"... This paper provides a new representation for fields (continuous surfaces) in Geographical Information Systems (GIS), based on the notion of spatial functions and their combinations. Following Tomlin’s (1990) Map Algebra, the term “Map Calculus” is used for this new representation. In Map Calculus, G ..."
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This paper provides a new representation for fields (continuous surfaces) in Geographical Information Systems (GIS), based on the notion of spatial functions and their combinations. Following Tomlin’s (1990) Map Algebra, the term “Map Calculus” is used for this new representation. In Map Calculus, GIS layers are stored as functions, and new layers can be created by combinations of other functions. This paper explains the principles of Map Calculus and demonstrates the creation of functionbased layers and their supporting management mechanism. The proposal is based on Church’s (1941) Lambda Calculus and elements of functional computer languages (such as Lisp or Scheme).
Proceedings of the 6
"... specifications allow reusing the code which allows the designers to concentrate on the specific problems of the program without having to deal with standard tasks for too long. Using different classes allows the separation of the problem into smaller parts which can be modeled independent from each ..."
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specifications allow reusing the code which allows the designers to concentrate on the specific problems of the program without having to deal with standard tasks for too long. Using different classes allows the separation of the problem into smaller parts which can be modeled independent from each other. A combination of these algebras as described in [16] then leads to the specification of the whole problem. Algebraic specifications are also language independent, although they require a formal language which is capable of expressing algebraic style specifications. The purpose of a formal specification is to formally describe the behavior of objects. Algebraic specifications were introduced to describe data abstractions in software design [11].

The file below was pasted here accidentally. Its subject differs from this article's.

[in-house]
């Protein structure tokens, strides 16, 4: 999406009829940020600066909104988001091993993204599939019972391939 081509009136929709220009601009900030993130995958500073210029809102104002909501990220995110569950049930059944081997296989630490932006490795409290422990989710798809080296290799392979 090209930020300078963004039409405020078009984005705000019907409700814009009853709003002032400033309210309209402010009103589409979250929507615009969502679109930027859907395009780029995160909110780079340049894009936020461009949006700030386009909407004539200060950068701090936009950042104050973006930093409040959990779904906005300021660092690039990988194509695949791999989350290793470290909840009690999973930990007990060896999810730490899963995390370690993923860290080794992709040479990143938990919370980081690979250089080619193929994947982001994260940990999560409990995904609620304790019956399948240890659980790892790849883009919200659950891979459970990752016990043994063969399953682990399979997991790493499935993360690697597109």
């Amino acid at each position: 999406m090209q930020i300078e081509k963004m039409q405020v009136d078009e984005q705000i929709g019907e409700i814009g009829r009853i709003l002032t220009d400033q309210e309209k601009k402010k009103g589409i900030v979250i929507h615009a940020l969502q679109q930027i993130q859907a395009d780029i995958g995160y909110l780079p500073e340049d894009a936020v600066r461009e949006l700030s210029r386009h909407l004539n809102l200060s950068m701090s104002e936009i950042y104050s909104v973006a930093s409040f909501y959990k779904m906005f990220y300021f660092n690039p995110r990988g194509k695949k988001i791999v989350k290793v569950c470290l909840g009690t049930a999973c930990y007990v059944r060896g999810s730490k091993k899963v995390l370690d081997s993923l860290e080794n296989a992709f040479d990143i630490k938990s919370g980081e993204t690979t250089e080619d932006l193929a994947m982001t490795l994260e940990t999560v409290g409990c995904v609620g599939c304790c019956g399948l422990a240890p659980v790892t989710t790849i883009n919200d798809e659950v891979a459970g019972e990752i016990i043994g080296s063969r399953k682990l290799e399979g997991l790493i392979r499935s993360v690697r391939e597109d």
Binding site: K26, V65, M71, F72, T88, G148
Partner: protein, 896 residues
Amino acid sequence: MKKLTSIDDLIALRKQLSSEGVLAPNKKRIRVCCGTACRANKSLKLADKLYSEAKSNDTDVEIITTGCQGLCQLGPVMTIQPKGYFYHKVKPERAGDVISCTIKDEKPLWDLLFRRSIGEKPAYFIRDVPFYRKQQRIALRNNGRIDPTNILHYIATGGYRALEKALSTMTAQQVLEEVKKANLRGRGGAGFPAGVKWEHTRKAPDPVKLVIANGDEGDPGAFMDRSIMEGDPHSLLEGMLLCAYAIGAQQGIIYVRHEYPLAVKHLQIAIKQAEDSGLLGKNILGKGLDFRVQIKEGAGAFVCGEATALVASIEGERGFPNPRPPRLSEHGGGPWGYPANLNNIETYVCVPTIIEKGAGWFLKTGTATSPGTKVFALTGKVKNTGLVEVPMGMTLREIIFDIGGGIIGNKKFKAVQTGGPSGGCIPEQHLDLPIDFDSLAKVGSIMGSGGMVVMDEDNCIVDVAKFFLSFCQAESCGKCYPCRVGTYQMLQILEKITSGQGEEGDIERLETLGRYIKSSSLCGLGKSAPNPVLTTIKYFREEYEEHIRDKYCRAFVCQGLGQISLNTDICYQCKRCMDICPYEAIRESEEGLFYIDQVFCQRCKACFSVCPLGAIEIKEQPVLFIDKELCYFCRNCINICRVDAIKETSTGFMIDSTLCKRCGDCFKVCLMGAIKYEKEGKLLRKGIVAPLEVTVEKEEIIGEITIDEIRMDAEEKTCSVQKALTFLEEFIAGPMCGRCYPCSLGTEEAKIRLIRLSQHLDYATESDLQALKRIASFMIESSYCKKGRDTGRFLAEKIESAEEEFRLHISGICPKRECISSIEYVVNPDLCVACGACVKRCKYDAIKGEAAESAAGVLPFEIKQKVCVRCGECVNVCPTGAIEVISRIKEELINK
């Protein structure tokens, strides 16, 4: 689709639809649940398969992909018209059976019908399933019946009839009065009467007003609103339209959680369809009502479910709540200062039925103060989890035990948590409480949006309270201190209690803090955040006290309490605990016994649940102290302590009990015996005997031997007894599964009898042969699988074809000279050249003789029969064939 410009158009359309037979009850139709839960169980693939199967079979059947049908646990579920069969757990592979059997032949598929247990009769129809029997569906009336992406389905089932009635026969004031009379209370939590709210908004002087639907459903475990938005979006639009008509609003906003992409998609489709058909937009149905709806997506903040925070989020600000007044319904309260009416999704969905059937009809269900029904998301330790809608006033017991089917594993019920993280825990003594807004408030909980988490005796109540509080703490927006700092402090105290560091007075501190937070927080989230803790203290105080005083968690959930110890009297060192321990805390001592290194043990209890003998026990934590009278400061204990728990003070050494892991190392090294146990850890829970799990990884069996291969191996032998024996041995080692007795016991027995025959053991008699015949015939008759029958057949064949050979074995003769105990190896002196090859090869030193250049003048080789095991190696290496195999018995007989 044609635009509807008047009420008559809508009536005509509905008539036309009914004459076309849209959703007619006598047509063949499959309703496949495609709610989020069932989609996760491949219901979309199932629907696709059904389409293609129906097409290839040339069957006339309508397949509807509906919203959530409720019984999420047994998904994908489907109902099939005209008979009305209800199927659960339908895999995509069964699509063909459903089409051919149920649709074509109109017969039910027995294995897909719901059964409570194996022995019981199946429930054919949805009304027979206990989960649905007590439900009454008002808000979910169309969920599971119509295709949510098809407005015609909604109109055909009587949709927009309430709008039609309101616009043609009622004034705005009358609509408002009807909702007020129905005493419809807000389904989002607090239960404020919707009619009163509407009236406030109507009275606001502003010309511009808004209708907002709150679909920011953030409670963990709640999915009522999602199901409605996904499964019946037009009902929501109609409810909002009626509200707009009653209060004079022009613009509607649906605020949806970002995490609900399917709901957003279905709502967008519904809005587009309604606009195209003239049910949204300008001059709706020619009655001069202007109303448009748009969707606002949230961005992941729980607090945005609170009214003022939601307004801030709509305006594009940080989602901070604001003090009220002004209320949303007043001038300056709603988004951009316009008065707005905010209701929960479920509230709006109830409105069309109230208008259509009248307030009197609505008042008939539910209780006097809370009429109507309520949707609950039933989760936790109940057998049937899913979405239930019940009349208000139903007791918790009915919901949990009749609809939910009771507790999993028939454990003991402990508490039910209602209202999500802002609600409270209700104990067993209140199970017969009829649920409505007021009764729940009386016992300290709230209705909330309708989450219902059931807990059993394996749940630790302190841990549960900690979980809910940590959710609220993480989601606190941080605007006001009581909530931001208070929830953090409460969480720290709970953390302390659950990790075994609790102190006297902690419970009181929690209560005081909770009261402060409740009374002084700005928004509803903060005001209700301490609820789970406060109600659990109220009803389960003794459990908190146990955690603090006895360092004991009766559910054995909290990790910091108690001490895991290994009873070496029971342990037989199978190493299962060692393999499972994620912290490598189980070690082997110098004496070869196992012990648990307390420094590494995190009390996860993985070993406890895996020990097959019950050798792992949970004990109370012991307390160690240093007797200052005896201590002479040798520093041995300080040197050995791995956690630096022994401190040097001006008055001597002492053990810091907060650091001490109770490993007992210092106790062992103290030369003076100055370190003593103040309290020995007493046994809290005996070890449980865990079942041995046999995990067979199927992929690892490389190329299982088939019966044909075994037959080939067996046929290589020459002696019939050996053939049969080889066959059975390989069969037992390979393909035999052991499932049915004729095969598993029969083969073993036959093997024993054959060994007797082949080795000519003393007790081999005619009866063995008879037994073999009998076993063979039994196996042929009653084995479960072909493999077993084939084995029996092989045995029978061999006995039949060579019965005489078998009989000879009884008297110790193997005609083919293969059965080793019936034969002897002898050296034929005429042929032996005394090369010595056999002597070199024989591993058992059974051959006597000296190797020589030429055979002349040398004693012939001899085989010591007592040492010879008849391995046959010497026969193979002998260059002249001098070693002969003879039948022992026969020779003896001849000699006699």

Farid Karimipour, 1
"... Abstract: Early Geospatial Information Systems (GIS) dealt with static objects. There is much demand, however, to include temporal objects in these systems. Many have studied this problem and suggested technical solutions for different spatial operations. A common shortcoming is that the extension t ..."
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Abstract: Early Geospatial Information Systems (GIS) dealt with static objects. There is much demand, however, to include temporal objects in these systems. Many have studied this problem and suggested technical solutions for different spatial operations. A common shortcoming is that the extension techniques are highly dependent on the specific case studies and cannot be generalized. In this paper, we propose studying spatial operations via their dimensionindependent properties. This research intends to construct a mathematical framework that contains primitives for different operations. The framework will be independent of the space in which the operations are applied using algebraic structuresand more specifically category theorythat ignore those properties of operations which depend on the objects they are applied to. Implementations for some case studies are presented.